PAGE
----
WASHINGTON — The Defense Advanced Research Projects Agency will accept proposals next month for three initiatives aimed at improving synthetic aperture radar technology in satellites.
Governments and industry are increasing investments in satellite imagery and SAR, in particular. Because SAR sensors rely on radar, they can produce images of the Earth at night and in all-weather conditions, unlike traditional electro-optical systems. The capability is especially useful for tracking movements or changes on the ground and has been in high demand during Russia’s invasion of Ukraine.
DARPA issued broad agency announcements for the efforts in February and March focused on improving SAR technology in three areas: automated object recognition; distributed radar image formation; and digital signal processing. Responses for all three are due in May.
The automated object recognition project, which DARPA has dubbed “Fiddler,” is focused on using machine learning and computer vision methods to create training data that can be used to improve existing ML algorithms.
“Performer methods will learn from real SAR images to generate or render synthetic SAR images at new imaging geometries or configurations,” the Fiddler notice states. “Performers will then demonstrate the generation of diverse training data from a few real examples to rapidly train robust SAR object detection methods.”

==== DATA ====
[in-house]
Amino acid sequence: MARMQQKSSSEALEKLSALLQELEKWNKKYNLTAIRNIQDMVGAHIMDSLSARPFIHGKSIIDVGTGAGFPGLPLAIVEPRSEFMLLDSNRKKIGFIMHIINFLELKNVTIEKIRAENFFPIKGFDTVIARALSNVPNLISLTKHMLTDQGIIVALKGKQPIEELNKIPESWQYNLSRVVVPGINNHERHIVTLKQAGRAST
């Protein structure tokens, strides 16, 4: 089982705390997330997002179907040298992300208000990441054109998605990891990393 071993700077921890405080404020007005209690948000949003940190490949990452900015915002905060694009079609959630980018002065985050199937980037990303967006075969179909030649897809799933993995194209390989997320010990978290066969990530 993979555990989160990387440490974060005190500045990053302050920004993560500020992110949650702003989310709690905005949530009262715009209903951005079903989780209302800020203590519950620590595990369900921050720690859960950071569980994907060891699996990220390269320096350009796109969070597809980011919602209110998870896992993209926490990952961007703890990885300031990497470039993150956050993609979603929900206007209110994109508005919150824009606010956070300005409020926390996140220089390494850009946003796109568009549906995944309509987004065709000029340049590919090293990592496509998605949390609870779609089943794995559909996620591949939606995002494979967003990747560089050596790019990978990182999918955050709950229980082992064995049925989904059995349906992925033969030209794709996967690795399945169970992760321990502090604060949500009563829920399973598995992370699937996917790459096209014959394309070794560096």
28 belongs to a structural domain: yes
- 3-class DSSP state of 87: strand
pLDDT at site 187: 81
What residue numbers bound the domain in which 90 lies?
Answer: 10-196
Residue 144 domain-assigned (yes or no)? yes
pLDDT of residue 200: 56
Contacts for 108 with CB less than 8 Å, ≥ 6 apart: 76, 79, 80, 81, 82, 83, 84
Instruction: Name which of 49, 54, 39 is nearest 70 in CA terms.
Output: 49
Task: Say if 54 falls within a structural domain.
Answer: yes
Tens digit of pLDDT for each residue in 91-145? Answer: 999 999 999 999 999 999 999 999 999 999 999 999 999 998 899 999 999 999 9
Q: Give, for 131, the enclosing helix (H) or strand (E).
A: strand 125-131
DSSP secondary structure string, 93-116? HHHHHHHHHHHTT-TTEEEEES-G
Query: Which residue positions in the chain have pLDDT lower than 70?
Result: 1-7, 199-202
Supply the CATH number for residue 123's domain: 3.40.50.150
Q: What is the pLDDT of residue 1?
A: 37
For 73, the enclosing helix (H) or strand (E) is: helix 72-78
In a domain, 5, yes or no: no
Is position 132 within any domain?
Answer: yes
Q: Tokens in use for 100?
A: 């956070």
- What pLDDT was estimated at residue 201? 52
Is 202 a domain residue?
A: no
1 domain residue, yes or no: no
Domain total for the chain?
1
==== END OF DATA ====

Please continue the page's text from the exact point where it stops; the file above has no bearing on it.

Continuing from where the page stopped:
DARPA is interested in maritime applications for Fiddler, noting that while SAR object detection in coastal regions has improved significantly, there is a need for better methods to classify objects that are moving.
“For stationary objects, such as many terrestrial objects-of-interest, large training sets can be acquire over time to cover as many of the possible imaging variations,” the notice states. “Maritime environments are much more challenging because most objects-of-interest and the background scene are always in motion.”
The effort will include three phases and span more than three years, and DARPA plans to award multiple contracts, though the notice doesn’t mention how much funding is available for the effort.
The second project, Digital Radar Image Formation Technology, is part of DARPA’s broader vision for so-called mosaic warfare, which is focused on creating highly complex networks composed of smaller systems. Through DRIFT, DARPA wants to use clusters of SAR satellites and develop novel algorithms that “enable revolutionary advances in science, devices or systems.”
DARPA expects to make awards to multiple vendors for the program, which will have three phases over three years.
For the third effort, called Massive Cross-Correlation, DARPA seeks proposals to improve digital signal processing for SAR systems using hybrid architectures. At the end of the four-year effort, which will include multiple vendors with varied technical solutions, DARPA hopes to demonstrate the ability to process larger amounts of data and improve power efficiency.
Courtney Albon is C4ISRNET's space and emerging technology reporter. She previously covered the U.S. Air Force and U.S. Space Force for Inside Defense.